Chat GPT was launched on 30th November 2022 and has quickly become a social media sensation. Created by San Francisco company OpenAI, Chat GPT is a natural language processing tool and provides human sounding responses to prompts or questions. Driven by artificial intelligence it can answer questions, assist with tasks, and even tell jokes!
And perhaps rather worryingly it can simulate the work of solicitors. So, will this new super whizzy Artificial Intelligence make solicitors obsolete?
The short answer is no. And here’s why.
ChatGPT is a machine learning system, therefore it does not have the same level of understanding and judgement as a human solicitor when it comes to interpreting legal principles and precedent. This could lead to problems in situations where a more in-depth legal analysis is required.
There are other limitations too:
It doesn’t understand your business’s quirks and complexities
ChatGPT lacks the background knowledge humans have. It doesn’t have the ability to seek out the necessary information required to provide the right legal advice for your business or personal circumstances. Although it can produce legal templates in broad terms it will not be able to draft them in a way which is bespoke to your particular circumstances. It might even produce something that could create problems in the future.
It has trouble generating long-form content
While the tool is super at providing short answers and grammatically correct sentences, it lacks the ability to create long form documents. Therefore, for anything more than a paragraph long, and let’s face it that’s highly likely when it comes to the law, it’s not going to be much use in creating any legal document.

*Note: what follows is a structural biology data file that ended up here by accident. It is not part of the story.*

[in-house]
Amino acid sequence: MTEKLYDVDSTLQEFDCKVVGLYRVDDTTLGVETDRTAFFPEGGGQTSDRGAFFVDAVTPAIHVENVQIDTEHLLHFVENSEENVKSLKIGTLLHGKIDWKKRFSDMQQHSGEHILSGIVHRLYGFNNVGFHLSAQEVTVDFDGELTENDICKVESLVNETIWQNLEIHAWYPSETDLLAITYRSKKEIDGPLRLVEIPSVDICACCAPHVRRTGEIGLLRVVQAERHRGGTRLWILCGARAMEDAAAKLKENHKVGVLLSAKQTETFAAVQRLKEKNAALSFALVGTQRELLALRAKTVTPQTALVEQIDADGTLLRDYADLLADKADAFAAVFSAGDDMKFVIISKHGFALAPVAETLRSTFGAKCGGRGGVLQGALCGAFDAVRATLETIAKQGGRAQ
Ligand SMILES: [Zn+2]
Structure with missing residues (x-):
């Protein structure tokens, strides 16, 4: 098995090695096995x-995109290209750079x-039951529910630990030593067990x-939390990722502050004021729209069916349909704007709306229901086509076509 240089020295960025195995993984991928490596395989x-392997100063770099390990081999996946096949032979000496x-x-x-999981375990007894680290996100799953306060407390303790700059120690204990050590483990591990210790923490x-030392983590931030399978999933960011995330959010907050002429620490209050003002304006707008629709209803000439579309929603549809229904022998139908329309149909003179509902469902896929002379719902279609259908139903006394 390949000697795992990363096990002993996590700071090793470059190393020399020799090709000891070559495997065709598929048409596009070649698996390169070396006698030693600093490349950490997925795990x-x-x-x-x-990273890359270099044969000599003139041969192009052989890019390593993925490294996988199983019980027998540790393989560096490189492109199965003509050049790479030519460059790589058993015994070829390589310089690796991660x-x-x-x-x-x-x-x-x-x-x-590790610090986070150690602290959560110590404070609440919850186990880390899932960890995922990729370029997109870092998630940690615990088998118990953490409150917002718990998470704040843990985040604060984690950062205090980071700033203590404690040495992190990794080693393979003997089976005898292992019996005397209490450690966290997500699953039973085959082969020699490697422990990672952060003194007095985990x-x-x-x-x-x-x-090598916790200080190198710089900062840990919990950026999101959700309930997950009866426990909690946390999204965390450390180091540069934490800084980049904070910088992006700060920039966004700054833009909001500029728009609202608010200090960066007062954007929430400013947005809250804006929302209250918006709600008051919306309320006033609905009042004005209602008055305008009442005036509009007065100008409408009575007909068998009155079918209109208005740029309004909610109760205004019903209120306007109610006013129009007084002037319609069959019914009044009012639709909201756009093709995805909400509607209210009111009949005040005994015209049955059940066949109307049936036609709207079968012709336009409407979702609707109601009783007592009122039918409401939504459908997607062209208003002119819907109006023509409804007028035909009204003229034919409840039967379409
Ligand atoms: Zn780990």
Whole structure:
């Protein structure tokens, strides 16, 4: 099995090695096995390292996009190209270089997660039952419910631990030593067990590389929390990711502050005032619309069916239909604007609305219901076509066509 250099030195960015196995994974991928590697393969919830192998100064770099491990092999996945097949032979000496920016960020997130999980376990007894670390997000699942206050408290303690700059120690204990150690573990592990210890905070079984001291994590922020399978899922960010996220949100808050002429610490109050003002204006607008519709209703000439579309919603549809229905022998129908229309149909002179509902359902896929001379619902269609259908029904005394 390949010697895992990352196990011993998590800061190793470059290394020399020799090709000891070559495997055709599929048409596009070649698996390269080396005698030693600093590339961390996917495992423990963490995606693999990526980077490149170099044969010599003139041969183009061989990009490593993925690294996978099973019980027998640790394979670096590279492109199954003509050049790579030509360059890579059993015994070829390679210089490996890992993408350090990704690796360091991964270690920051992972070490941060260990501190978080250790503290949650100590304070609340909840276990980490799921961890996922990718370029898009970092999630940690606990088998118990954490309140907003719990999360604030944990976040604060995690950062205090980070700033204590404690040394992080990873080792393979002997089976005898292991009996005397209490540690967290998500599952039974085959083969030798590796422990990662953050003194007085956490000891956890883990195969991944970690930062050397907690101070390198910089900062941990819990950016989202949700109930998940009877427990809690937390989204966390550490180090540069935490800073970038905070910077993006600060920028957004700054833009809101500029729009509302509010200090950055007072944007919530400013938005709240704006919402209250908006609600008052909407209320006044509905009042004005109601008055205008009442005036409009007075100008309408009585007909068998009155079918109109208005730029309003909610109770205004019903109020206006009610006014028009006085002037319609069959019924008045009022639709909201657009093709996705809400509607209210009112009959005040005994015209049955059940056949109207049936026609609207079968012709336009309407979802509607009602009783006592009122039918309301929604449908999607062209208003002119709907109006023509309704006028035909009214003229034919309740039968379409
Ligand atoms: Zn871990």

Lacks up to date legal knowledge
Although ChatGPT has access to a substantial amount of information, it does not compare to the knowledge solicitors have honed from years of experience practising the law, and will not be able to answer questions about very specific or niche legal concepts.
Furthermore, due to its release date it is only able to access information from 2021 or earlier, so it will not have any knowledge of changes to the law since then. That means that anything it produces will not be relying on up to date legal information.
Accuracy problems or grammatical issues
Currently, ChatGPT’s ability to identify typos, grammatical, and spelling mistakes is limited. Additionally, whilst it is possible for the model to provide responses that are technically accurate, those responses may not be entirely relevant or appropriate in the context of what is likely to be a unique legal matter. This limitation may present difficulties, especially when working with intricate or specialised legal requirements, where precision and exactitude are essential.
Lastly and by no means least we must remind ourselves here that ChatGPT is a robot. It does not possess human level common sense, and therefore is in no way suitable to deal with a unique legal situation you find yourself or your business in. There is also the possibility that it could generate biased responses due to the potential bias and prejudices the tool is trained on.
In conclusion, although this new AI technology is a marvel and one to watch for the future, it’s quite clear there’s still a long way to go for ChatGPT to replace the need to instruct an experienced solicitor to deal with your business or personal legal issues. In our opinion, just at the moment, it’s really not worth the risk in ‘giving it a go’.
PS: this article was written by a human!